Atlanta Orders In: Sister bistro embraces takeout style of original Taco Pete in East Point

Taco Pete, and now Taco Pete Bistro in Hapeville, has always excelled at old-school tacos — like ground beef in hard shells (top) and gently griddled soft shells (see the beans and cheese and steak versions below). Wendell Brock for The Atlanta Journal-Constitution

Credit: Wendell Brock

Credit: Wendell Brock

When Reo Pagán unveiled Taco Pete Bistro two and a half years ago, it was a different place than his first Taco Pete in East Point.

While the original spot is a tiny building with a walk-up window, through which guests are handed tacos, burgers and wings wrapped to go, the sister location in Hapeville offered table service, plates, silverware, margaritas and beer.

And, while Taco Pete closed at 8:30 p.m., the bistro fancied itself a nightspot. It opened at 5 p.m., catering to airport travelers staying over at two adjacent hotels. The menu changed, too. Instead of a la carte tacos, burritos, quesadillas, etc., there were combo plates, with beans and rice.

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Customers wait in line to order food at Taco Pete in East Point. CONTRIBUTED BY WENDELL BROCK

However, it didn’t take long for Pagán, 65, to realize the late hours weren’t for him — not to mention the extra staffing, the dishwashing, the mopping up spilled drinks. “It was a lot,” he said.

So, when the pandemic upended both Taco Petes, Pagán made haste to refashion the bistro as a takeout-only spot, and to forward the East Point location’s calls to the Hapeville store, so he wouldn’t lose business.

An order of 10 wings from Taco Pete Bistro in Hapeville: five with house sauce (tangy-sweet with a hint of curry) and five with lemon-pepper. Wendell Brock for The Atlanta Journal-Constitution

Credit: Wendell Brock

Credit: Wendell Brock

When the delightfully old-school original Taco Pete reopens later this month, it will boast safety features (including plexiglass protectors at the window and a touch-free point-of-sale system) to protect staff and customers. The building only measures 270 square feet, so maintaining proper social distancing inside has been a concern.

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Taco Pete Bistro offers delicious Mexican-American food at good value. Seen here are a cheese quesadilla, chili-cheese nachos, tacos, a taco burger, and (hidden under the yellow paper) a chicken burrito. Wendell Brock for The Atlanta Journal-Constitution

Credit: Wendell Brock

Credit: Wendell Brock

In relaunching the Hapeville location on April 20, “we went back to the old way, because it was what we knew how to do best,” said Pagán, who owns the business with his wife, Claudia. “It kind of fit the need of what we could do, and turn out more volume than the sit-down.”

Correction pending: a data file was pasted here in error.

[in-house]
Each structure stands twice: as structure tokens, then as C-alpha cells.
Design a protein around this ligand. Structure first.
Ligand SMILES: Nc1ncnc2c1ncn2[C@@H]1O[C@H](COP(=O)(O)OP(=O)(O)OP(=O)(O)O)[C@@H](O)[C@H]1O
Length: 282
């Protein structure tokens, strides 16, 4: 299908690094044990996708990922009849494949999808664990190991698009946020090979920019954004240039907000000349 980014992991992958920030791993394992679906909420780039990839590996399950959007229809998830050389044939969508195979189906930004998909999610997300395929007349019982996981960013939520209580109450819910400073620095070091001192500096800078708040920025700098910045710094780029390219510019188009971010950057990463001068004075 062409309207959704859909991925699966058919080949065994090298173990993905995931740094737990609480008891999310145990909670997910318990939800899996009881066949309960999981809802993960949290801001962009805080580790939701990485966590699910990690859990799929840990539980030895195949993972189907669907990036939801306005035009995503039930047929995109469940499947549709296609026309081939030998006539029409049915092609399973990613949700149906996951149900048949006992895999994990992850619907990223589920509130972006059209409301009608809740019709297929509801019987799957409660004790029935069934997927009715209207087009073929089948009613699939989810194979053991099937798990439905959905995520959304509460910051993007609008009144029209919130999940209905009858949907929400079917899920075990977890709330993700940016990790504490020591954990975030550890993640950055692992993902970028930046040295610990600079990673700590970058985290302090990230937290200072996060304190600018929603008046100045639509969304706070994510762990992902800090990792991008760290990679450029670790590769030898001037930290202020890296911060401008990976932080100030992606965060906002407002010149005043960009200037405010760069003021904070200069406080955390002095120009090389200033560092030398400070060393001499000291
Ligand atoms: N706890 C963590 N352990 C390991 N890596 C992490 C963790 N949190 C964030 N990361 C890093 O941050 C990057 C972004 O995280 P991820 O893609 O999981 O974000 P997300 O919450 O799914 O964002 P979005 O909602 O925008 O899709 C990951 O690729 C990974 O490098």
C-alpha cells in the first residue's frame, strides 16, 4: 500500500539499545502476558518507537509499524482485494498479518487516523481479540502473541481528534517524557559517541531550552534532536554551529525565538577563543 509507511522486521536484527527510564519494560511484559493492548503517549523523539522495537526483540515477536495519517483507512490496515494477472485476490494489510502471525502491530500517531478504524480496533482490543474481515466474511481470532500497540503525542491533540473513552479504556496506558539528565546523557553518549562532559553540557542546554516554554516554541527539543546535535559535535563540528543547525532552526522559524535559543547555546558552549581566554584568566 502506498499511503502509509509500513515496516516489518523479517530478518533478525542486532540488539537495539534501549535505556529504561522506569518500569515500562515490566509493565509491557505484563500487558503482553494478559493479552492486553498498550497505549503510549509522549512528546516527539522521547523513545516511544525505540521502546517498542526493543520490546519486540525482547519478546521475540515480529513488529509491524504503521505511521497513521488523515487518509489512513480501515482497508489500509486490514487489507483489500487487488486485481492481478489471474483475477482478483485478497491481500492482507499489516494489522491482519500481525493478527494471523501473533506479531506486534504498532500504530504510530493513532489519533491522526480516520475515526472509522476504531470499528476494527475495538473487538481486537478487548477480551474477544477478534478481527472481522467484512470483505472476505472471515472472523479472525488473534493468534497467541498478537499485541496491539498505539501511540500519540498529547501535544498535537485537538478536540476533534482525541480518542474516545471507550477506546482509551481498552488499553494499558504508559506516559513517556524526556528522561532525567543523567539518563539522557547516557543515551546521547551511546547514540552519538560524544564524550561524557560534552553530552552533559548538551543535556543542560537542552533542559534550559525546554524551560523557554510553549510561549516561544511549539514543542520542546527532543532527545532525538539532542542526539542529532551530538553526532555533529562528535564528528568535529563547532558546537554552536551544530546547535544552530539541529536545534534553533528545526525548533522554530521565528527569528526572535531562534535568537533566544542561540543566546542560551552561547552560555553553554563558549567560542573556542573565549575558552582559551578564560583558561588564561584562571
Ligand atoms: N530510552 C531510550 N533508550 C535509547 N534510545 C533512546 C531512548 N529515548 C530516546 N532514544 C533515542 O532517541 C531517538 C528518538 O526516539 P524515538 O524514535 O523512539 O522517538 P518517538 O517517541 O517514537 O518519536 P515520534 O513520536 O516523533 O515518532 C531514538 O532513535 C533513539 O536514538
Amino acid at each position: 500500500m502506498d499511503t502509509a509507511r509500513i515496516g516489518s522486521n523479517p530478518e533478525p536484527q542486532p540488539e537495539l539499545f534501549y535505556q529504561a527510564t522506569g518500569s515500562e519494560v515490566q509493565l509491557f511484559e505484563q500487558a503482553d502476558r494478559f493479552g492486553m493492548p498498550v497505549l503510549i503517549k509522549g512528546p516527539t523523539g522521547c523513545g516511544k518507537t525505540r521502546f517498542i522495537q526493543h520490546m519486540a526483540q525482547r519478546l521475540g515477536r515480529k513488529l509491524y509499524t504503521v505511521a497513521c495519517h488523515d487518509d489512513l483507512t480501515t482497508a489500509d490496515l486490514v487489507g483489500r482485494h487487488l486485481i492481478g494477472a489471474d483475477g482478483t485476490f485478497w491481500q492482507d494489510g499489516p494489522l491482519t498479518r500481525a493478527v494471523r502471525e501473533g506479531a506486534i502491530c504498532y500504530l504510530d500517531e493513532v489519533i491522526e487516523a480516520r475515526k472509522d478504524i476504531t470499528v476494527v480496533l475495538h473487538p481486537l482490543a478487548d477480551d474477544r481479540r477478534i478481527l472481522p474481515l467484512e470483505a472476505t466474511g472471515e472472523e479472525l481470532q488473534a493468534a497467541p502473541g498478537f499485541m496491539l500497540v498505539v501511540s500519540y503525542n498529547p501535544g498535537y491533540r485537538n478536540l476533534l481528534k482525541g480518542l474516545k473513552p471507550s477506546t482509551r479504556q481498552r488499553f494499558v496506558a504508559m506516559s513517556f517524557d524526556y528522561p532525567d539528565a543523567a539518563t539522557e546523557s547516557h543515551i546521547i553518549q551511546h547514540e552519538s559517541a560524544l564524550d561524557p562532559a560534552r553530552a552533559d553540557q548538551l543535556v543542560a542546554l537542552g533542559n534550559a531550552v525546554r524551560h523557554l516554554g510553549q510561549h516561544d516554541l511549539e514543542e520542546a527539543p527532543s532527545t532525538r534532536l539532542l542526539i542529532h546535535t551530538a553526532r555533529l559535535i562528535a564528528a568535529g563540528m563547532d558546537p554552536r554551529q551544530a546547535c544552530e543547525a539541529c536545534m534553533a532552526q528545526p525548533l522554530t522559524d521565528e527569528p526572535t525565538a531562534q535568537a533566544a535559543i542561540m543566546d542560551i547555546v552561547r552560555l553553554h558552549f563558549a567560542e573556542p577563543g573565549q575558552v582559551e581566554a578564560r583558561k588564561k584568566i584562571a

Among his improvements: He turned the beverage station by the front door into a takeout counter with a plexiglass protector. Customers are required to wear masks. Only one party is allowed inside at a time, and, after ordering, they are asked to sit outside.

Reo Pagán decided to retool Taco Pete Bistro, his sit-down restaurant in Hapeville, in the style of the East Point original — takeout only. Wendell Brock for The Atlanta Journal-Constitution

Credit: Wendell Brock

Credit: Wendell Brock

As for the back of the house, Hapeville has a luxurious amount of space compared with East Point — a big kitchen, a walk-in refrigerator, ample storage.

On Tuesdays, the bistro features fried fish tacos with house-made slaw. Customers can sip margaritas outside while they wait. Still, Pagán isn’t sold on the alcohol component. As he filled up the cooler recently, he thought, “Do we even want to make another order as far as the beer and wine?”

Of course, not long ago he was ready to close the 15-year-old family business.

This takeout order from Taco Pete Bistro includes (clockwise from upper left) cheese quesadilla; chili-cheese nachos; a chicken burrito; two soft tacos (beans and cheese; steak); two hard-shell tacos with ground beef; and a taco burger. Wendell Brock for The Atlanta Journal-Constitution

Credit: Wendell Brock

Credit: Wendell Brock

At the outset of the pandemic, Pagán was so shook that he shuttered both restaurants and considered retiring. After a few weeks, his daughter Kahlilah noticed he was a little down in the dumps, and urged him to reboot Hapeville. “Daddy, why you keep dragging your feet?” she prodded. “You gotta keep moving.”

As a big fan of Taco Pete’s, I hope Pagán and family can keep up the hustle. Sometimes, yo quiero Taco Pete. Nothing else will do.

Is there a restaurant you want to see featured? Send your suggestions to ligaya.figueras@ajc.com.

TACO PETE BISTRO

Menu: Mexican-American

Alcohol: yes

What I ordered: two hard-shell tacos with ground beef; two soft tacos: a “veggie” (beans and cheese) and steak; chicken burrito; chili-cheese nachos; cheese quesadilla “stuffed” (with tomato, onion, cilantro and jalapeño); taco cheeseburger; 10 wings, half with house sauce and half with lemon pepper. This is the style of Mexican food that I grew up with, and I adore it. New to me: the nachos and the wings bathed in perfectly balanced house sauce, with a touch of curry. Both were wonderful.

Service options: takeout only; order by phone or in person; delivery via DoorDash

Safety protocols: follows CDC guidelines

Address, phone: 301 N. Central Ave., Hapeville; 404-254-4143

Hours: 11 a.m.-7 p.m. Mondays-Saturdays

Website: tacopete.com

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